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Hidden Gunk

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big d

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shock/horror
after removing my temp gauge from my ag kettle i was gob smacked by the amount of hidden gunk that resided in the threads and hidden places.ive been a regular after boiler of water in the set up to remove goolies and the like thinking i was on top of hidden bacterias etc.
wrong.....strip down ya gear and have a look.its amazing what lurks in the small places.
so the question is have you a regular strip down maintenance program or are you more hit and miss.
after todays episode im going to become a regular strip and clean brewer.

cheers
big d
 

Guest Lurker

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But if that gunk spends 90 mins at close to 100 degrees before it touches a cooled wort is it still a problem?
 

kook

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big d said:
after todays episode im going to become a regular strip and clean brewer.
That conjures up some horrible mental images :lol:
 

Goat

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oh yeah - you gotta watch those NASA burners and flamable 'fibres' in the vacinity !!! :)
 

Weizguy

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Well, M'sieu Lurker,

Biologically, a boiled protein coagulate can form a shell on the surface, and protect the greeblies in the middle.

So yeah, as a Biology graduate, I can attest that it's a lesser issue, but U can still get contaminated.

Don't risk it! Would a commercial Brewery (other than Outback) clean it up? Why wouldn't you do the same?

Peace, out...
 

big d

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well guys being a metalurgical manipulator and maintainer ordinarily i wouldnt bother but however when a long sssslimy snake like thingy came outa the threaded attachment i kinda wondered how clean is my post boil up doing my brewing methods.sterile or not it doesnt look the goods when you do an equipment strip and clean.(hope that sounds some what better.)
food for thought anyway

cheers
big d
 

chiller

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You would be suprised to see the "growing things" inside the boiler tap and the connecting pipe.

They don't get full boil outside of the kettle, so run at least a some boiling wort through the tap at about the fifteen minute mark into the boil.

They can impart off flavours while not reaching spoilage levels.

Steve.
 

siiren

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I'm thinking I should check mt fittings :unsure: :unsure:
 

Darren

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One batch I encountered the "counterflow slime". I was recirculating the wort with my pump to sanitise the CC chiller and transfer tubes. These long strips of brown "seaweed" started to appear.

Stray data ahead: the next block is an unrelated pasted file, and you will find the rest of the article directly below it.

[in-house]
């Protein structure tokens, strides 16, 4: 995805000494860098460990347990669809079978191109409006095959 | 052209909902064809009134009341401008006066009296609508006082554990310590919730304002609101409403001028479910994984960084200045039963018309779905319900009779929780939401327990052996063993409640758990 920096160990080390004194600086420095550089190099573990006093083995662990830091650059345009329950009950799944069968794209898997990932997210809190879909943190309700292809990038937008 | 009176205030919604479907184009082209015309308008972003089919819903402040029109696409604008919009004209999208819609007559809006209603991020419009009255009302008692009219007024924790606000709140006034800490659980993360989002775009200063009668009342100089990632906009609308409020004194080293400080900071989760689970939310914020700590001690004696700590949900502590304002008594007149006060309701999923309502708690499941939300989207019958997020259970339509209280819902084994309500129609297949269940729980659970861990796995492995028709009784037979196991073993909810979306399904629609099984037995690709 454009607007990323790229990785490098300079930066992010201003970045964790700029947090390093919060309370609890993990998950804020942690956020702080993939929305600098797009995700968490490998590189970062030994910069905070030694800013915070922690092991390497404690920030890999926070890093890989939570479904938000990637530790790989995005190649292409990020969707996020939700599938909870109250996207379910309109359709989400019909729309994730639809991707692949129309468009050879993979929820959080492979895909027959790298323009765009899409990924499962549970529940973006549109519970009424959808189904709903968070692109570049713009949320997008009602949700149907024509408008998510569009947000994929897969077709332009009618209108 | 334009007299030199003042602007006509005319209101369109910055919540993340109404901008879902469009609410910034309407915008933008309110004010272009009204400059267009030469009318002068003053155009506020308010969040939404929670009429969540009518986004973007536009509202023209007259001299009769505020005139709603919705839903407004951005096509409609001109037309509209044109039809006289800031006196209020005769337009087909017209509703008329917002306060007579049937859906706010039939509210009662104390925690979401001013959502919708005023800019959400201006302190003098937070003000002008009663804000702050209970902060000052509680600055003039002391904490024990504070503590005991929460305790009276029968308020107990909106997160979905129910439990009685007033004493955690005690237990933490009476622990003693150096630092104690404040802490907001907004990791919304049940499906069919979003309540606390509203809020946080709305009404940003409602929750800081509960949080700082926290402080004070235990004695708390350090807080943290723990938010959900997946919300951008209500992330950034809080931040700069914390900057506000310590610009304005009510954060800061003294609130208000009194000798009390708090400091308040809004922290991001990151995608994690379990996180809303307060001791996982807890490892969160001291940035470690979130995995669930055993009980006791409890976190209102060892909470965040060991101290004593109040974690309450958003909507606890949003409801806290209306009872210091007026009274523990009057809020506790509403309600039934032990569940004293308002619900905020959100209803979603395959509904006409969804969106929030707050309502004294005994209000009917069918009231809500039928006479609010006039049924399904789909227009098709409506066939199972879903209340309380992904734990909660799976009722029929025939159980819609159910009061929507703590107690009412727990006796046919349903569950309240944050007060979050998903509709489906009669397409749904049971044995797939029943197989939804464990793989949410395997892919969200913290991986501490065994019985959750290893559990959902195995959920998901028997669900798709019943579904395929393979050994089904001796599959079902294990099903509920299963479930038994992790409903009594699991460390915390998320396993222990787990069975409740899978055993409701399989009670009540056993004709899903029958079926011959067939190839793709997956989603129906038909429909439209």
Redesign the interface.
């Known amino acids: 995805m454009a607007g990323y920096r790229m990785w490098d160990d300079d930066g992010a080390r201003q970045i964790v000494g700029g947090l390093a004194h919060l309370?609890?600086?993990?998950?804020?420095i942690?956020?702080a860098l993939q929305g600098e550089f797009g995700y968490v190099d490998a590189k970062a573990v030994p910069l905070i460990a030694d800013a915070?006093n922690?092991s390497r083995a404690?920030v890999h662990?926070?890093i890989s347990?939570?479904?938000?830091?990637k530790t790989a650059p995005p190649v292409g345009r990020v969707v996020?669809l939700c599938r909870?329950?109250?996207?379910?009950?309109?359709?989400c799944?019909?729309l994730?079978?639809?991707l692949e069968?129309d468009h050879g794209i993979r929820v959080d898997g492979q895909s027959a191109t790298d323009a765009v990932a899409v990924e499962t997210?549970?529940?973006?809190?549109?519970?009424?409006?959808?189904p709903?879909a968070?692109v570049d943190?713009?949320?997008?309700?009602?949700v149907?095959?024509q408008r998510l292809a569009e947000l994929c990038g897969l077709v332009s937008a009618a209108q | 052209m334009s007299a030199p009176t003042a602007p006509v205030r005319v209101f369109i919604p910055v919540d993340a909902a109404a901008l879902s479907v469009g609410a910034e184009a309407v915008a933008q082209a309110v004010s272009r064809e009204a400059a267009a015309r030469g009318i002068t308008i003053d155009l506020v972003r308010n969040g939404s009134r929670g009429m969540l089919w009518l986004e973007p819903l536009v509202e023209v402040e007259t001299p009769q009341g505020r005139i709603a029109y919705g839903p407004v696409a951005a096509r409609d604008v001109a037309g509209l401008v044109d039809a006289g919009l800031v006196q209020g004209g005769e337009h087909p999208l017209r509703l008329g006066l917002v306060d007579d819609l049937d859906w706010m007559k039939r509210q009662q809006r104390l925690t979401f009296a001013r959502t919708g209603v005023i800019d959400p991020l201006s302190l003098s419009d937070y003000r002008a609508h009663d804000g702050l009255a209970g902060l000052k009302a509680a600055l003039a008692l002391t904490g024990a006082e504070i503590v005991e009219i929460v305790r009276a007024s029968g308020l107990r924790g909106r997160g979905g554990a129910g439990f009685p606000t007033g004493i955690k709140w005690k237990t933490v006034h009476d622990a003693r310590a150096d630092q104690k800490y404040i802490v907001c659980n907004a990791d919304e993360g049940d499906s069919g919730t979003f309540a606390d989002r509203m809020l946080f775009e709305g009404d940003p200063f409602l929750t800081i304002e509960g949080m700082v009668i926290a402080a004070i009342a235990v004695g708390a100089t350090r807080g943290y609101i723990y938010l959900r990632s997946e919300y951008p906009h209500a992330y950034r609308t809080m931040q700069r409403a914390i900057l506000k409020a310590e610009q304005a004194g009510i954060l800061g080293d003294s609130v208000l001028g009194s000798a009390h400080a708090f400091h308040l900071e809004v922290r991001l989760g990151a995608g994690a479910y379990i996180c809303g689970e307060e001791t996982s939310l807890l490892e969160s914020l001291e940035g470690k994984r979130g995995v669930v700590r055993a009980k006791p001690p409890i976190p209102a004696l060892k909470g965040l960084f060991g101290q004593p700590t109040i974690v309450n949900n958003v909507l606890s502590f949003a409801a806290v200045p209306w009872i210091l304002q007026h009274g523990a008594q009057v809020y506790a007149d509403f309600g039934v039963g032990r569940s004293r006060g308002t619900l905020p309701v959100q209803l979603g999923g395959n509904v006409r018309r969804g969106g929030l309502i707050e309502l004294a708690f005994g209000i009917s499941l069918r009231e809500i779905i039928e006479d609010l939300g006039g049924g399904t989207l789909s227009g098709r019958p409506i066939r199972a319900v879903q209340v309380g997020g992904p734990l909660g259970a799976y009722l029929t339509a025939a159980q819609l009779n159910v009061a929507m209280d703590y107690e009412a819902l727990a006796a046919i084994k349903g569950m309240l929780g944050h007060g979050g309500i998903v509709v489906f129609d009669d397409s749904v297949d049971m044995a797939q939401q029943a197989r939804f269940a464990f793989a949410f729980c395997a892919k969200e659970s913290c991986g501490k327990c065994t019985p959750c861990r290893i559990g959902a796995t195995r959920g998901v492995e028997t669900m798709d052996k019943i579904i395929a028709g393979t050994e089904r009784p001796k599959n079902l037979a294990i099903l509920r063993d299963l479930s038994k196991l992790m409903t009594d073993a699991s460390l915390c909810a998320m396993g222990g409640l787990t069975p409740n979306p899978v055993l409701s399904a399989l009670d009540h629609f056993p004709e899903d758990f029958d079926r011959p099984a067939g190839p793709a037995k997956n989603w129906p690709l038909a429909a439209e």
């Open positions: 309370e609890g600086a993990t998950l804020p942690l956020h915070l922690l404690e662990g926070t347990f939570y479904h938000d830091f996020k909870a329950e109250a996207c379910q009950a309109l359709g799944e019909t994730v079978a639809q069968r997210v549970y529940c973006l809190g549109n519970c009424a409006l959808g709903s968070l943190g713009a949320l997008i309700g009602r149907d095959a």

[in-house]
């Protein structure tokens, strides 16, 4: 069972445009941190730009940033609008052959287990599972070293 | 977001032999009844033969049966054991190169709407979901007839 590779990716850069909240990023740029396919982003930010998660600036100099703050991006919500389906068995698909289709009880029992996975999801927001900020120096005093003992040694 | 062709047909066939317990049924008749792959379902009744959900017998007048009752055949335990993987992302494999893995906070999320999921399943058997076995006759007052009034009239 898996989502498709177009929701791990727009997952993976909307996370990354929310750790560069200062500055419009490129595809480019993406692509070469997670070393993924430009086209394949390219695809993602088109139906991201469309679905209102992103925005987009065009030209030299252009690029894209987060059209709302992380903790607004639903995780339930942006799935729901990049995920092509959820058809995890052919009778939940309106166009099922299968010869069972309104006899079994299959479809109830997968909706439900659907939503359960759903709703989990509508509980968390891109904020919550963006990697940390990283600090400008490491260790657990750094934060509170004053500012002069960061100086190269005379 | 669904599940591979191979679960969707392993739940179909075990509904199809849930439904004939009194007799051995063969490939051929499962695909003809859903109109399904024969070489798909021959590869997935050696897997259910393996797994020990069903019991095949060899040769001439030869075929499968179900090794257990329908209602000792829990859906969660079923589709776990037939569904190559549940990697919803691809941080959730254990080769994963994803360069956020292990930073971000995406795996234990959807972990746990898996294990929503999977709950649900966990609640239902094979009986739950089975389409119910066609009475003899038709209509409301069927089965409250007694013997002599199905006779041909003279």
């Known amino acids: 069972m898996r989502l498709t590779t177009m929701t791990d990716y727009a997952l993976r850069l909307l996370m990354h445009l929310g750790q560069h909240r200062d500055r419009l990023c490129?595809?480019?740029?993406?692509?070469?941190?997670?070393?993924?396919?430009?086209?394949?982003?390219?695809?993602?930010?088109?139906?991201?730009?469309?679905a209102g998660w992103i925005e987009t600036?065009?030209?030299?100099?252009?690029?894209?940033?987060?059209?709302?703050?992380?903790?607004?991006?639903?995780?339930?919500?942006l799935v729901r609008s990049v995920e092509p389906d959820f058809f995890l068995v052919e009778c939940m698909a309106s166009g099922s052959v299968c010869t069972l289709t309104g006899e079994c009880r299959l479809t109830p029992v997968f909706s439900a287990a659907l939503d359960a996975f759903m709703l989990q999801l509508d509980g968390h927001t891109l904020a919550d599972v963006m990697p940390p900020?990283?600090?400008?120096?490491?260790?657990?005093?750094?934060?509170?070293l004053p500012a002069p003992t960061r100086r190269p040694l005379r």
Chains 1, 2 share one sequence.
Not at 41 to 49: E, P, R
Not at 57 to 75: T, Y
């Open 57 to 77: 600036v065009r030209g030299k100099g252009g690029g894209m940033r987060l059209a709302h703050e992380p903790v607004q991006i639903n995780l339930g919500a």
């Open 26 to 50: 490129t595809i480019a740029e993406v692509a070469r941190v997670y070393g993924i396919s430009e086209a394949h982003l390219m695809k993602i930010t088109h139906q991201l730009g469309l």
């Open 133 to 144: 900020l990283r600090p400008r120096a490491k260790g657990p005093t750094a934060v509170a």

Now I always wash my chiller immediately after a batch and before the next batch.
I do this by recirculating hot water with a dishwasher tablet in it.
A lot of gunge accumulates behind my ball valves too.
 

Justin

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Funny thing this thread came up. When playing with my pump the other night I borrowed my ball valves off my HLT and kettle. The HLT obviously only heats water (although also the odd sugar wash ;) ) and was nice and clean, but when I was playing with my kettle ball valve I noticed there was a slimy sort of stuff that when I opened the valve formed a bubble like film in there. I was shocked and as you did Big D, decided then that ball valve cleaning and kettle stripdowns will need to become more of a priority-especially considering that there will soon be a thermometer added and also the possibility of a permanently mounted chiller coil.

I've previously not worried about this, and although I've been infection free (until last brew but I pitched a dodgey starter) I'm now making that a regular clean up procedure. Hell, thread tape is cheap as chips anyway.

I started thinking about sanitary valves, I can see why they have them. I had no idea there was that little hiddie hole in you ball valves.

Cheers, Justin
 

Trev

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I recently got caught by hidden sludge/nasties on my taps. I have two taps on the serving fridge and I normally wash them through with Idophor before putting on a new keg and thought that was enough for the time being. I had only stripped them down a couple of times previously.

I then had two brews go off on me in the keg. When I first put them on they were fine but after a week or so developed that stale cardboard taste. When the first one happened I put it down to bad technique in racking(?) causing oxidation but then when the very next keg on the same tap did exactly the same thing the penny finally dropped.

Anyway, I pulled apart both taps (something I'd done before but not for a little while) and bugger me but the infected tap had dregs of some sort of black slime. The unaffect tap was still clean. Both got a good clean in Napisan followed by Idophor.

Damn - I've now upped the frequency of pulling the taps apart etc.

Has anybody got any well founded rules for cleaning routines?

Trev
 

Kai

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I clean all my nooks, crannies and crevices regularly.
 

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